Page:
Projects per year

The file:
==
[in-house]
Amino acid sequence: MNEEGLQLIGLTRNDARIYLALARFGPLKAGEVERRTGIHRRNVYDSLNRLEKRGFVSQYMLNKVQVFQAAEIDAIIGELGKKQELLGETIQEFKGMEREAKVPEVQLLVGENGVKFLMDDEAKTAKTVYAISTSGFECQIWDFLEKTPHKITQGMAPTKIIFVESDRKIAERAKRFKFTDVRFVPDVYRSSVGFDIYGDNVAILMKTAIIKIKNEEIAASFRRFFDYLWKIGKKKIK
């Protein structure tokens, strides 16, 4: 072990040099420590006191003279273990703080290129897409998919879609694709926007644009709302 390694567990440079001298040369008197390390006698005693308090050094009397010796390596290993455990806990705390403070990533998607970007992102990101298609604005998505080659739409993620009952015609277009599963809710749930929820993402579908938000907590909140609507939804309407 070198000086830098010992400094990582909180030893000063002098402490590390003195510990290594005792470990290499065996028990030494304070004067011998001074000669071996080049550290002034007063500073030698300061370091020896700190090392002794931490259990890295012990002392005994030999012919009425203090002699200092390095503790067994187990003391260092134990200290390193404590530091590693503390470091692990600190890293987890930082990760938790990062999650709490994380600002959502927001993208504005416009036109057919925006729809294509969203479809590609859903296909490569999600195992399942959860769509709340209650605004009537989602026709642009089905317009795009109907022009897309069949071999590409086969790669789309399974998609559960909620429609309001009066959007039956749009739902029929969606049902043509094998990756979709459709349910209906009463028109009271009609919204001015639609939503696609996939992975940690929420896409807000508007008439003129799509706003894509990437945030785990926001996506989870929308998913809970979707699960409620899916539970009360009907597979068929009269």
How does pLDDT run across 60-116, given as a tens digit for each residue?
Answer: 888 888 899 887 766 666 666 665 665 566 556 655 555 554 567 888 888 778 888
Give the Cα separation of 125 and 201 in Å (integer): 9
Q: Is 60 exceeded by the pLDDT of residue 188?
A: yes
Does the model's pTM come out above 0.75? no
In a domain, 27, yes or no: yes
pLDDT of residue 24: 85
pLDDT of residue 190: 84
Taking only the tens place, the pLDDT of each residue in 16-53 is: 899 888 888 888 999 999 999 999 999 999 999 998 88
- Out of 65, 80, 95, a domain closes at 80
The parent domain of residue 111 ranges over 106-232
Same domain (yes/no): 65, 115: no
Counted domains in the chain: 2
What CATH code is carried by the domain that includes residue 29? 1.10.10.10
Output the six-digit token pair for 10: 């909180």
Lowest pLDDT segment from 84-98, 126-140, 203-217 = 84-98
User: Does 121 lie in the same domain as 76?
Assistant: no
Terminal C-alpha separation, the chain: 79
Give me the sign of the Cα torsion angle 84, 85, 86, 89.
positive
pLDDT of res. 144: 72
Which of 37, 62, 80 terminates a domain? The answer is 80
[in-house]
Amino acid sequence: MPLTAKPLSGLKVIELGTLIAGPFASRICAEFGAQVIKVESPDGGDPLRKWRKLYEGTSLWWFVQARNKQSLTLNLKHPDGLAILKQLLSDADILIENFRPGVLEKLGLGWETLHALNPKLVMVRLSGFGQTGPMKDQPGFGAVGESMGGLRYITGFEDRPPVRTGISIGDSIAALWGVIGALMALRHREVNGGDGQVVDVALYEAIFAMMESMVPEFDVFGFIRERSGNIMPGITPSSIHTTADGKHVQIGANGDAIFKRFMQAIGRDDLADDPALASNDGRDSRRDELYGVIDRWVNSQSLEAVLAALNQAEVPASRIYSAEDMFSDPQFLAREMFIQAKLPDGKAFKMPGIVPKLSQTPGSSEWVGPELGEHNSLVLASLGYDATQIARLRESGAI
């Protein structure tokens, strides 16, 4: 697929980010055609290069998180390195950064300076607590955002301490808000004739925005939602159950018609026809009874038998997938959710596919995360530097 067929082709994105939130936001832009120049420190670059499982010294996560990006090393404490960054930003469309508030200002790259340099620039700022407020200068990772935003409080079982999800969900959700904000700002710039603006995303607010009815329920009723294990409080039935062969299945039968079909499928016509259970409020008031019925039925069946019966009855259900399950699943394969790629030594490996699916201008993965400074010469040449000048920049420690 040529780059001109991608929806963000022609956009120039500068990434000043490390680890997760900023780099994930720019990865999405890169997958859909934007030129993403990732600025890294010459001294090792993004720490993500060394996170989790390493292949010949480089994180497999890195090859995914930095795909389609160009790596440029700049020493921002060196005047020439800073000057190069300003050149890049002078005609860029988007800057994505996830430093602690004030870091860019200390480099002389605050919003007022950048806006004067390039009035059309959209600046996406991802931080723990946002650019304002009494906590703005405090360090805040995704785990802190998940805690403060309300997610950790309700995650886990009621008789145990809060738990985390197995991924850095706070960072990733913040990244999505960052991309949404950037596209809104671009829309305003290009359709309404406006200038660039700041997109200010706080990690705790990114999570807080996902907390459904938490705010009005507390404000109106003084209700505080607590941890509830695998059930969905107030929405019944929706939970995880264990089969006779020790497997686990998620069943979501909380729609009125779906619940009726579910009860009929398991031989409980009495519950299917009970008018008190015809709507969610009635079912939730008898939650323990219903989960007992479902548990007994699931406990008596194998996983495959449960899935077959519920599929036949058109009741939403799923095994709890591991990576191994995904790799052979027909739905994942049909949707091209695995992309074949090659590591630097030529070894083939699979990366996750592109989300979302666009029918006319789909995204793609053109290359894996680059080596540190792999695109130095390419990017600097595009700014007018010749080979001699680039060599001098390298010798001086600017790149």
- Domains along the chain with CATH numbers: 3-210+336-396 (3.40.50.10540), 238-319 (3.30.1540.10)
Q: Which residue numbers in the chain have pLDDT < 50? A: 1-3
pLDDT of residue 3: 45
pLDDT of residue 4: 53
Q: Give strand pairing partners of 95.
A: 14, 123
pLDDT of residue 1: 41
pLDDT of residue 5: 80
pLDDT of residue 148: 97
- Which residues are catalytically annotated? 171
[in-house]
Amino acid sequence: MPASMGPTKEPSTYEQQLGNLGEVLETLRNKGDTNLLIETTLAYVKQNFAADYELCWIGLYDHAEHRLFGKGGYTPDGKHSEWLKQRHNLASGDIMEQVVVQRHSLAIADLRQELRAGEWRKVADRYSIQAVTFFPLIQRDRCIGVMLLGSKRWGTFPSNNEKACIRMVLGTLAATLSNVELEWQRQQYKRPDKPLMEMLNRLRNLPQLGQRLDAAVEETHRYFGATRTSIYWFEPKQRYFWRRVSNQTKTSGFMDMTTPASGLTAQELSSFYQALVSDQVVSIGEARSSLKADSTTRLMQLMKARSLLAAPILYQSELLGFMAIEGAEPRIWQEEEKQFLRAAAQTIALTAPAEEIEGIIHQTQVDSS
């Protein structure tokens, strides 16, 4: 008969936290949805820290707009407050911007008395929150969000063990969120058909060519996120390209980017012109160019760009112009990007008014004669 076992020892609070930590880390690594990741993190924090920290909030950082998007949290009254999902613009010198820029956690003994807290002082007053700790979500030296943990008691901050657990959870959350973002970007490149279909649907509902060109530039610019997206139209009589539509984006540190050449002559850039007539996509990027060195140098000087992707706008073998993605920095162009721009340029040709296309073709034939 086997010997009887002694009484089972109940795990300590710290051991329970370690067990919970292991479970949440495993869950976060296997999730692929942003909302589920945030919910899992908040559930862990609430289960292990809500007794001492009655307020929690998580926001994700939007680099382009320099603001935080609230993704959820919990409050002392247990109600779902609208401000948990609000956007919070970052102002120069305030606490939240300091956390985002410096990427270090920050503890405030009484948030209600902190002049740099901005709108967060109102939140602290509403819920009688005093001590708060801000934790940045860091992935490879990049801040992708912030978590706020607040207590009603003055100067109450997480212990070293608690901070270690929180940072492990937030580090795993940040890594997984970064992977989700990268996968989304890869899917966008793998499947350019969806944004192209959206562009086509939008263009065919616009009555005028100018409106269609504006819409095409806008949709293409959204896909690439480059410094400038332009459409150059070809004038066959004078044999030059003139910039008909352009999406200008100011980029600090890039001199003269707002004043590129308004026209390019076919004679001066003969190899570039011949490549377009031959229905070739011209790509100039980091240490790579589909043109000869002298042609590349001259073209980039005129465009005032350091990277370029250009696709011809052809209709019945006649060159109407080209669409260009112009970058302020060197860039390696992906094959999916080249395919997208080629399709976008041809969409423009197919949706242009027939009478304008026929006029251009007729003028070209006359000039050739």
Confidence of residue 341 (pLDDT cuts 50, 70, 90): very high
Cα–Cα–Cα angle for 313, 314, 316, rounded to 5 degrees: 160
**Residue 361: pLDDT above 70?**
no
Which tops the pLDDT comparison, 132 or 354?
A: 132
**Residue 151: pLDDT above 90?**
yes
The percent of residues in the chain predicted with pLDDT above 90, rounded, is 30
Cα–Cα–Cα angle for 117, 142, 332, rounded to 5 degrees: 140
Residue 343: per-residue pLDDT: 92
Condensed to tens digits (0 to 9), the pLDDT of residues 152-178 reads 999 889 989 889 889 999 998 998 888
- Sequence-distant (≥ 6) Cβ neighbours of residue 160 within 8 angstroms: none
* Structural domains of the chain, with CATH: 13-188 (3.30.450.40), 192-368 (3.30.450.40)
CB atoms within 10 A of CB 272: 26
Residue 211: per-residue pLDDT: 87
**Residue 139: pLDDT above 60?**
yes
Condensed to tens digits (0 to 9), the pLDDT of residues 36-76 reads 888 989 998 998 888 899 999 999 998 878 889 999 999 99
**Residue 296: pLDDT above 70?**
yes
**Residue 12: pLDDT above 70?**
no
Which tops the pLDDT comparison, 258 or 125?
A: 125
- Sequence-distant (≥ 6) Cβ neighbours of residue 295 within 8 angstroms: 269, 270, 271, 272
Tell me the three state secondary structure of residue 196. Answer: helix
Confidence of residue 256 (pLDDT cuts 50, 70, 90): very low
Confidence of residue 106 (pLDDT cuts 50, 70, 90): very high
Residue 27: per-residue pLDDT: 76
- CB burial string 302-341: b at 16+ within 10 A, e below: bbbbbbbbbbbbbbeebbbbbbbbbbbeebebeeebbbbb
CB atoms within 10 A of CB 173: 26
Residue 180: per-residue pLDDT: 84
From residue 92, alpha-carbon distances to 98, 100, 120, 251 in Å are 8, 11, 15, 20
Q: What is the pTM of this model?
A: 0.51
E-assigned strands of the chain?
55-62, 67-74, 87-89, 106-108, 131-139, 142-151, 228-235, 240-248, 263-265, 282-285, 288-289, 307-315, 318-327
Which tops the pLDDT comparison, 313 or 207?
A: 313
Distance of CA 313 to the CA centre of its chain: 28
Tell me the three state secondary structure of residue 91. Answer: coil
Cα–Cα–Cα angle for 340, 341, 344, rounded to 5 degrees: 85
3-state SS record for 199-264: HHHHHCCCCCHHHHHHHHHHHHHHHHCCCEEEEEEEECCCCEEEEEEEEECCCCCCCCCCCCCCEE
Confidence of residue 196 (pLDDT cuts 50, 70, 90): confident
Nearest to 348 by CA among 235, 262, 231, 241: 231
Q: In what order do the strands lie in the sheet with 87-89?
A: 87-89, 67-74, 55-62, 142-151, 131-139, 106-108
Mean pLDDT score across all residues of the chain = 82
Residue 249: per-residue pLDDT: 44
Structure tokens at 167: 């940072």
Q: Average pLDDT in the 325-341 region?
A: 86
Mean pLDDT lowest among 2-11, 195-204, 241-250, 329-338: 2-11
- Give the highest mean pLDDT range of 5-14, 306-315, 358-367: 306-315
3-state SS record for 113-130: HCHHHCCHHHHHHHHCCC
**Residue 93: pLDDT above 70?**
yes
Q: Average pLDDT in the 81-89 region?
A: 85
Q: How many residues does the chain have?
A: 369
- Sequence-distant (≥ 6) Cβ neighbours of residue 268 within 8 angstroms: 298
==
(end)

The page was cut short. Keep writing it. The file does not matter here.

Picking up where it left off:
Across two studies, we propose that people's perceptions of the values of unknown others are organized by the same compatibilities and conflicts that organize the theoretical structure of personal values. In both studies, we show that people form judgements about a fictitious other that corresponds to this theoretical structure (a) when no value-expressive information is provided (Study 1) and (b) when information about just one value-expressive behavior is provided (Study 2). As expected, we found that when no value-expressive information is provided, people tend to project their own values, but when even one piece of value-expressive information is provided, people use this information to infer the target's values system in a way that reflects the theoretical structure of values, both across and within individuals. Our findings suggest that the structure of human values is so deeply engrained in our psyche that we use it when judging the values of other people with limited behavioral information.